Created/dedicated as per personal communication with Leo Bacon (Prescott, Arizona, Eumorpha typhon; September 2, 2017); September 3, 2017
Updated as per James P. Tuttle's The Hawk Moths of North America, September 3, 2017
Updated as per BAMONA; September 3, 2017

Yavapai County, Arizona and
Mohave, La Paz and Gila counties

Sphingidae Larvae

Eumorpha typhon fifth instar, Prescott, Yavapai County, Arizona,
September 2, 2017, courtesy of Leo Bacon.

Eumorpha typhon fifth instar, Prescott, Yavapai County, Arizona,
September 2, 2017, courtesy of Leo Bacon.

Eumorpha typhon fifth instar, Prescott, Yavapai County, Arizona,
September 2, 2017, courtesy of Leo Bacon.

My first impression of the larva above, before I was aware of its location, was Eumorpha achemon, and that is still a possibility. However, Eumorpha typhon is also known from Arizona, and it tends to have the dark black speckling and dark abdominal banding, absent in achemon, between abdominal segments. The white to creamy coloured, oblique, abdominal stripes/bands seem to be more distinctly traced with a fine grey outline and are more irregular in achemon, while those same bands in typhon lack the tracing, especially below the spiracles and seem to be a bit more regular and thicker.

This site has been created by Bill Oehlke.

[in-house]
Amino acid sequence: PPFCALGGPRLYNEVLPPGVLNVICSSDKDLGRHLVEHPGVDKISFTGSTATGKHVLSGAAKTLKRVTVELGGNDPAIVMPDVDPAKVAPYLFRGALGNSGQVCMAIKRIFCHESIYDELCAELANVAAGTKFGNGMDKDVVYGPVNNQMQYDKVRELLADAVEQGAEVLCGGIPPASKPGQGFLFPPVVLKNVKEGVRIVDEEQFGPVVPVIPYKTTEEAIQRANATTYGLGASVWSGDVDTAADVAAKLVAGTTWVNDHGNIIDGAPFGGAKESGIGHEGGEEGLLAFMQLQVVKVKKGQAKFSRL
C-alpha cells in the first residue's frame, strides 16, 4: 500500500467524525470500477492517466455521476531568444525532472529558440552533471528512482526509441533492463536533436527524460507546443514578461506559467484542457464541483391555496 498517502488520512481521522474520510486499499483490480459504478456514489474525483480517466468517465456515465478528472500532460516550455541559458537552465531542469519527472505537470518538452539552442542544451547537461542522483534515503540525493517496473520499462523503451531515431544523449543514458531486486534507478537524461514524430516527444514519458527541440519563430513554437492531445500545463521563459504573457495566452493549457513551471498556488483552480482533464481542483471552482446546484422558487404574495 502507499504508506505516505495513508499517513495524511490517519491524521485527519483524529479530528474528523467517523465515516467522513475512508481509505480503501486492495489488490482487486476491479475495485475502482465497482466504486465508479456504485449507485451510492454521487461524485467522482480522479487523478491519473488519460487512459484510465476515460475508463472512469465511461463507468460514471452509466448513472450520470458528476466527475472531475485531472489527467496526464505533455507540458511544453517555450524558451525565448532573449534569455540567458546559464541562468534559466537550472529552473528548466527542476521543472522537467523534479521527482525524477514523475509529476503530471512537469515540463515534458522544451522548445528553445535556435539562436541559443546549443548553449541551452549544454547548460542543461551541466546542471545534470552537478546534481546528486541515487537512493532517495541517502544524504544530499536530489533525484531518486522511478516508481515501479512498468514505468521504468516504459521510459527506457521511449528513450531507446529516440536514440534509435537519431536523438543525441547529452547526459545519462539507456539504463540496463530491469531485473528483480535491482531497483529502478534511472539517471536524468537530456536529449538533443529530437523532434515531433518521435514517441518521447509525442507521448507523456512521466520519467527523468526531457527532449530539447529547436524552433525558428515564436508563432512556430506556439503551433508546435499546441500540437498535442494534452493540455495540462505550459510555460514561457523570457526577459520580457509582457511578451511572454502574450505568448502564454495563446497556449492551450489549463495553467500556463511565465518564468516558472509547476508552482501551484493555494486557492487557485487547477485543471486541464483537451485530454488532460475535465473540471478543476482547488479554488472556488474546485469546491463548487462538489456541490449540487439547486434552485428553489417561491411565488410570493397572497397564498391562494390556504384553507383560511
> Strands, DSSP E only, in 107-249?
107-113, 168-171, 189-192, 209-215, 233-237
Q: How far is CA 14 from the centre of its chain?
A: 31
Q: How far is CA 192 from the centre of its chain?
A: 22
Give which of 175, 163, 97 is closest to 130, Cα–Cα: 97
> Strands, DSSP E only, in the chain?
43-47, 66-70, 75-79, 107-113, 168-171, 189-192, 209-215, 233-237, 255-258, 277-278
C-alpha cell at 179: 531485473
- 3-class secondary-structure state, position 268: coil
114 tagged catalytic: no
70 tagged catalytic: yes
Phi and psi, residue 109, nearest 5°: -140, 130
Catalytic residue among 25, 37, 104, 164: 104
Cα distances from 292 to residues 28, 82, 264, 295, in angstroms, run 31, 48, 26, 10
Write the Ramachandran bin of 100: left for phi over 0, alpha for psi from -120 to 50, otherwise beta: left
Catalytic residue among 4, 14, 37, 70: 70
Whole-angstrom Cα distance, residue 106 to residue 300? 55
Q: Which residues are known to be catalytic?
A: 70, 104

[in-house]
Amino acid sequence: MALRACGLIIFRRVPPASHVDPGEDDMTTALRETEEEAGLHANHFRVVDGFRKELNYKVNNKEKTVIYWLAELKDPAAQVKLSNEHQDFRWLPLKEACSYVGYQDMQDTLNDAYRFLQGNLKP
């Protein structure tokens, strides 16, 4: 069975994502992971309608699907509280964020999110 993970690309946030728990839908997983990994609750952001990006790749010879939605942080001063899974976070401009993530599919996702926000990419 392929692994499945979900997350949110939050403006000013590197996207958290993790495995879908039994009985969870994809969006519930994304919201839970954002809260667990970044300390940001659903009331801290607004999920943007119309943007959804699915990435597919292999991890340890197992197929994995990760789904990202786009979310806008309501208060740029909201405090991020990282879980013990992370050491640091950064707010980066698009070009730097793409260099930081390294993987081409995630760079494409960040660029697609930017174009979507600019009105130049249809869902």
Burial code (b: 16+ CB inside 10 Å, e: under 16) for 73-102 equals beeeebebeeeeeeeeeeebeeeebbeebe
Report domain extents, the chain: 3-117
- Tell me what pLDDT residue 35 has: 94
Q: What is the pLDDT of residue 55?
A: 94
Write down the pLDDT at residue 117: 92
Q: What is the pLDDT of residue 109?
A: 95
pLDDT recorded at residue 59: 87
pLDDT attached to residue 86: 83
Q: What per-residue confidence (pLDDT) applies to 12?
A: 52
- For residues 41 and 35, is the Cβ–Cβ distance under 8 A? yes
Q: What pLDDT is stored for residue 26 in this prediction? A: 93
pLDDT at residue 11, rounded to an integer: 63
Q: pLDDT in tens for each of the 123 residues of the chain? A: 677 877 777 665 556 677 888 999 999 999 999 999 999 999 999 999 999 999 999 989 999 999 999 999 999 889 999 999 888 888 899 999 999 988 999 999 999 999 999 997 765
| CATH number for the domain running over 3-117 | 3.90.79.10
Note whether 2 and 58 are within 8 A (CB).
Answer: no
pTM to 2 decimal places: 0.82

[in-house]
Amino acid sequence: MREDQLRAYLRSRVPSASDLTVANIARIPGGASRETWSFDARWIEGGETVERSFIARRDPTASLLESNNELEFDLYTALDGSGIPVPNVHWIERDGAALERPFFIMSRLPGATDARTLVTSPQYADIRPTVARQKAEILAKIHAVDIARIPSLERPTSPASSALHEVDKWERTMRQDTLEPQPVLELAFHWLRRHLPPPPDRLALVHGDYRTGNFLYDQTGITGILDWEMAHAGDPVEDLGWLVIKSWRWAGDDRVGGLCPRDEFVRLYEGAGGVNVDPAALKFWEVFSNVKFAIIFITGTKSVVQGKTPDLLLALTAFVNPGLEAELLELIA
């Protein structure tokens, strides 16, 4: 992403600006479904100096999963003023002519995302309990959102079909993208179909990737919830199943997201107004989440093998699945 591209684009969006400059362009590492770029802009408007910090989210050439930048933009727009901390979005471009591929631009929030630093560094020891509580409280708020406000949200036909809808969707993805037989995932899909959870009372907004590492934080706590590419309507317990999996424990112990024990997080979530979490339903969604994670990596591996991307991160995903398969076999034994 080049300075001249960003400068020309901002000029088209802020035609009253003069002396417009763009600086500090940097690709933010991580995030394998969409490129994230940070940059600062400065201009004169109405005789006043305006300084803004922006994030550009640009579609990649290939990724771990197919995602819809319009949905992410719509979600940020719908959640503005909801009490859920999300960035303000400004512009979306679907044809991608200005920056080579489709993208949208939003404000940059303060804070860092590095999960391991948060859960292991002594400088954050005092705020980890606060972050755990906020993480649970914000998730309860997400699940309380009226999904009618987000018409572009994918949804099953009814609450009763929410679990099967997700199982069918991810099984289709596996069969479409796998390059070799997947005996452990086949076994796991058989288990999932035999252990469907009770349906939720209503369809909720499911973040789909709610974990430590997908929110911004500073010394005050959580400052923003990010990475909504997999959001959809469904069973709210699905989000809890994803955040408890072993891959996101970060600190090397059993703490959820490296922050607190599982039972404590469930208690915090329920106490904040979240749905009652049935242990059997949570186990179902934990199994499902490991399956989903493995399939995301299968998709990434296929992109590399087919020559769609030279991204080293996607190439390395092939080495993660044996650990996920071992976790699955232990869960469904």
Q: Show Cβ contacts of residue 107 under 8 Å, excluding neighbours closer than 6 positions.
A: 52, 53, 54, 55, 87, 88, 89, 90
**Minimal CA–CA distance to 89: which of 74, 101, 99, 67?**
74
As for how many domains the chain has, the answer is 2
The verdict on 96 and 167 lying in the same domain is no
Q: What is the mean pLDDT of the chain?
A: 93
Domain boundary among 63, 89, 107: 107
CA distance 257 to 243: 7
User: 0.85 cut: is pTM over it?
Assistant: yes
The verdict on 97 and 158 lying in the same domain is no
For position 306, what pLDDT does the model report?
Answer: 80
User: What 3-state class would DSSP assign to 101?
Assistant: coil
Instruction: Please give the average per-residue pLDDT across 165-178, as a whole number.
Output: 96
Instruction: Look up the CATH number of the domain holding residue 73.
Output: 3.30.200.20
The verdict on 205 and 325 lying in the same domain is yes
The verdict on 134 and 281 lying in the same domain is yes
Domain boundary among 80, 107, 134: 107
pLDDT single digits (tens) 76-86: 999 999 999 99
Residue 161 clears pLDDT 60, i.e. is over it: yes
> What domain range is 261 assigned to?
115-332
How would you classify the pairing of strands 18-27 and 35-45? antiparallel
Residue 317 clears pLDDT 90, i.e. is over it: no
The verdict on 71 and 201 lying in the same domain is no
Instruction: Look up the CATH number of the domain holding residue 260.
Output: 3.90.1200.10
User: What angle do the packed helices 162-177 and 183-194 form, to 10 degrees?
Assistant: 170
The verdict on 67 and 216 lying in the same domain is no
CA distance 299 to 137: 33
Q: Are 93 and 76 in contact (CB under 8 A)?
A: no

Comments, suggestions and/or additional information/sightings are welcomed by Bill.

For care of "found larvae/caterpillars" visit Manduca sexta larva, central Texas, August 21, 2008, Trina Woodall.

This page is inspired by and dedicated to Leo Bacon. Leo sent me the image of the Eumorpha typhon larva at the top of the page. Leo writes, "This beauty was in Prescott, AZ 86303. 5600 ft altitude. The setting is in a heavily forested/Tree's with some desert shrubs scattered around."

Fifty-nine Sphingidae species are listed for Arizona on the BAMONA website as of September 20, 2016). Not all of the species are reported or anticipated in Yavapai County (Twenty-five are reported on BAMONA. as of September 3, 2017). It is hoped that this checklist, with the thumbnails and notes, will help you quickly identify the caterpillars you are likely to encounter.

A "WO" after the species name indicates that I (William Oehlke) expect that this moth is present or might be present, although unreported. A "BAMONA" indicates the species is confirmed on BAMONA site. Please also send yor sightings to BAMONA, an excellent online resource.

Please help me develop this list with improved, documented accuracy by sending sightings (species, date, location), preferably with an electronic image, via email to Bill Oehlke.

Although as of 2017 this page only covers/reports submissions for Yavapai County, I suspect it is also valid for nearby counties: Mohave, La Paz and Gila.

Sphinginae subfamily

Sphingini tribe:

Agrius cingulata, BAMONA Pink-spotted Hawkmoth: Convolvulaceae family: Ipomoea batatas (sweet potato); Solanaceae family: (Datura) (jimsonweed); related plants. Also brown form. Very large, dark spiracular circles. adult stray; unlikely as larva

Lintneria separatus BAMONA, Separated Sphinx. Salvia greggii has been confirmed as a larval host by Robert A. Behrstock. Jim Tuttle, tentative id, writes, "All of the penultimate instars of both Lintneria (Sphinx) istar and Lintneria (Sphinx) separatus that I have reared have been mundane green."

Manduca florestan BAMONA,

Prominent, extended side slashes determine this species. Yellow side slashes often occur on larvae feeding on foliage with yellowish underside veins. In the penultimate instar, the anterior three slashes are accentuated. (stray)